Scot-Govt kicks its own independent report on shale oil and gas into long political grass

Expert scientific panel report to be referred to new Working Group
Expert scientific panel report to be referred to new Working Group

On the same day that the UK government announced its latest licensing round for onshore oil and gas, the Scottish Government’s own expert report on ‘unconventional’ oil was kicked into the long grass by the decision of Scottish Energy Minister Fergus Ewing to set up another working group – which will inevitably not make any report this side of the Scottish Independence referendum.

The independent Expert Scientific Panel looking at unconventional oil and gas was convened by the Scottish Government in September 2013 to review and report on the scientific facts available on unconventional hydrocarbons.

Dr. Chris Masters, Chairman of the Expert Scientific Panel, said: “Scotland has a significant petrochemical industry, a rich heritage in the extractive industries and some advantages in terms of an existing supply chain and experience with the offshore oil and gas industry.

“The Panel found that there are no significant technological impediments to the development of an onshore unconventional hydrocarbon industry in Scotland and furthermore that the technology currently exists to extract such hydrocarbons safely.

 

“The Panel also found that much of the regulatory regime is already in place to ensure effective monitoring and control of unconventional oil and gas developments, although a number of areas were identified which require further consideration.”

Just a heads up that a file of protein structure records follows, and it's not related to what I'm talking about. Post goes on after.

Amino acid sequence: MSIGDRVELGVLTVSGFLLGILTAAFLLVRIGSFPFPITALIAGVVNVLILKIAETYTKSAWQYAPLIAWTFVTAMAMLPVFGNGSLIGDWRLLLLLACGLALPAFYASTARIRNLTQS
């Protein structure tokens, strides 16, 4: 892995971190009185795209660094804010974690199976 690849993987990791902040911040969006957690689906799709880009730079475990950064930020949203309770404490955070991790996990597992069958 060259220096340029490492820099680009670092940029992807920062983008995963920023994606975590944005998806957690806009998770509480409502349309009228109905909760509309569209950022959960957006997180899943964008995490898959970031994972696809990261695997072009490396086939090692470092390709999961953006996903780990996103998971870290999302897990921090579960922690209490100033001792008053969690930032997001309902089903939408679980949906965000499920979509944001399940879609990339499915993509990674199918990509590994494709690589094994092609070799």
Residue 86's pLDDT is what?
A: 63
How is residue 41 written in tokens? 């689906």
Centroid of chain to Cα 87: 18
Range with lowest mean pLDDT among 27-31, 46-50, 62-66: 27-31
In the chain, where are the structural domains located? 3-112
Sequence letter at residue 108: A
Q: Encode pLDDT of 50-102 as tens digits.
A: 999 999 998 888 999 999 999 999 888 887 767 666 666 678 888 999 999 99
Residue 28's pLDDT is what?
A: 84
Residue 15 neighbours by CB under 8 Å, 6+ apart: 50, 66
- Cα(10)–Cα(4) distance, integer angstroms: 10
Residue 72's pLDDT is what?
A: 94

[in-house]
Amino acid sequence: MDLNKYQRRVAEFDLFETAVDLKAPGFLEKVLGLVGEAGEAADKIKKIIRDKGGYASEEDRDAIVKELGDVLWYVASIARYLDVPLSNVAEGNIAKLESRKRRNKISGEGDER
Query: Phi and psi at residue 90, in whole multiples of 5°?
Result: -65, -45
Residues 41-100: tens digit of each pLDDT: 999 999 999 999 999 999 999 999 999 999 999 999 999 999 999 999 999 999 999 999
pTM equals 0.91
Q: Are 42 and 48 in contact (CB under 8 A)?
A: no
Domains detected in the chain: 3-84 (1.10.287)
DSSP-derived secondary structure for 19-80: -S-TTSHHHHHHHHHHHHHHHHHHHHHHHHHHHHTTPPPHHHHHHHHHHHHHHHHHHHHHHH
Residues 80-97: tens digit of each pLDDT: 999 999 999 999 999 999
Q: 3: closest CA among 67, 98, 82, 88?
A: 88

Ewing said: “I welcome this report, which is an important contribution to the debate around the potential development of onshore unconventional hydrocarbons.

“The Scottish Government has always been clear that our approach to this issue is evidence-based and this report helps us to do that. I pay tribute to the Chair of the Panel, Dr Chris Masters, and all the serving Panel members who gave up their time freely to produce this authoritative, yet dispassionate, analysis of the available evidence.

“The Panel report gives us an opportunity to consider some areas that may require further analysis. For example, it seems clear that much of the evidence relating to health impacts is either emerging or anecdotal and we will work closely with colleagues in Health Protection Scotland to consider the issues in the Panel report further.

“Equally, while it is clear from the report that there could be potential for an unconventional hydrocarbon industry in Scotland, the Expert Panel has also identified challenges and areas in the regulatory regime which should be looked at further.

“Unconventional oil and gas developments should only ever happen under a robust regulatory regime, and the Scottish Government takes this issue particularly seriously.

Therefore the Scottish Government will set up a Working Group to consider the findings of the Expert Scientific Panel’s report in more detail and to ensure regulation of this industry is completely robust.

“We will announce the Chairperson, membership and remit of the Working Group in due course.

“The views of the local communities are of prime importance to us, and they will have an opportunity to feed their views and concerns into this group.

“This report also builds on our recently-published Scottish Planning Policy, which gave serious consideration to concerns over unconventional oil and gas with five main changes to strengthen planning policy. These include new rules on hydraulic fracturing, which will compel operators to consult with the public, and buffer zones to protect communities which will be assessed by planning authorities and statutory consultees.”

 

 

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